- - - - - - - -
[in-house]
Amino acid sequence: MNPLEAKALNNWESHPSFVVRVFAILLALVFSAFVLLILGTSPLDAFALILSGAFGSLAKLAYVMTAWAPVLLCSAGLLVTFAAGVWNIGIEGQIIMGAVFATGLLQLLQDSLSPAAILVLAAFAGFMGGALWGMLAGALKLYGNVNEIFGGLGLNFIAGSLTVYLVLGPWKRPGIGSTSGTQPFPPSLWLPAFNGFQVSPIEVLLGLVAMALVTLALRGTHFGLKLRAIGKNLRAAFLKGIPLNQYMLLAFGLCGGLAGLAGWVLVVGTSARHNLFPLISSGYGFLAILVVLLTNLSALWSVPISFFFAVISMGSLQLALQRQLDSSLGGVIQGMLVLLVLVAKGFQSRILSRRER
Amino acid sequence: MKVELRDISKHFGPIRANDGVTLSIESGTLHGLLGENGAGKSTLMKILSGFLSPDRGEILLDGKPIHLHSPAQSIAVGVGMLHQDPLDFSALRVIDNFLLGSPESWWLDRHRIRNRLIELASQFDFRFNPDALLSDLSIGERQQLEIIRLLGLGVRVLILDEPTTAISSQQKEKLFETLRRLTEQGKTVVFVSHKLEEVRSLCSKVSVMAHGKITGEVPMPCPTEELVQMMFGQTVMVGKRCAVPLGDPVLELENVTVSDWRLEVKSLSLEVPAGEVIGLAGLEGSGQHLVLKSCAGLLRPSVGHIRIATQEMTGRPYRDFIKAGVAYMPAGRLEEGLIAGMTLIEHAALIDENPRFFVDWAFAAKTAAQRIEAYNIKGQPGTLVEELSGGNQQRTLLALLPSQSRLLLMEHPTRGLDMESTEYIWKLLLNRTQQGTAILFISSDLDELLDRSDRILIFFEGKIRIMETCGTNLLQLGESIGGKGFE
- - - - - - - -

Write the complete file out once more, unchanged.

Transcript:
[in-house]
Amino acid sequence: MNPLEAKALNNWESHPSFVVRVFAILLALVFSAFVLLILGTSPLDAFALILSGAFGSLAKLAYVMTAWAPVLLCSAGLLVTFAAGVWNIGIEGQIIMGAVFATGLLQLLQDSLSPAAILVLAAFAGFMGGALWGMLAGALKLYGNVNEIFGGLGLNFIAGSLTVYLVLGPWKRPGIGSTSGTQPFPPSLWLPAFNGFQVSPIEVLLGLVAMALVTLALRGTHFGLKLRAIGKNLRAAFLKGIPLNQYMLLAFGLCGGLAGLAGWVLVVGTSARHNLFPLISSGYGFLAILVVLLTNLSALWSVPISFFFAVISMGSLQLALQRQLDSSLGGVIQGMLVLLVLVAKGFQSRILSRRER
Amino acid sequence: MKVELRDISKHFGPIRANDGVTLSIESGTLHGLLGENGAGKSTLMKILSGFLSPDRGEILLDGKPIHLHSPAQSIAVGVGMLHQDPLDFSALRVIDNFLLGSPESWWLDRHRIRNRLIELASQFDFRFNPDALLSDLSIGERQQLEIIRLLGLGVRVLILDEPTTAISSQQKEKLFETLRRLTEQGKTVVFVSHKLEEVRSLCSKVSVMAHGKITGEVPMPCPTEELVQMMFGQTVMVGKRCAVPLGDPVLELENVTVSDWRLEVKSLSLEVPAGEVIGLAGLEGSGQHLVLKSCAGLLRPSVGHIRIATQEMTGRPYRDFIKAGVAYMPAGRLEEGLIAGMTLIEHAALIDENPRFFVDWAFAAKTAAQRIEAYNIKGQPGTLVEELSGGNQQRTLLALLPSQSRLLLMEHPTRGLDMESTEYIWKLLLNRTQQGTAILFISSDLDELLDRSDRILIFFEGKIRIMETCGTNLLQLGESIGGKGFE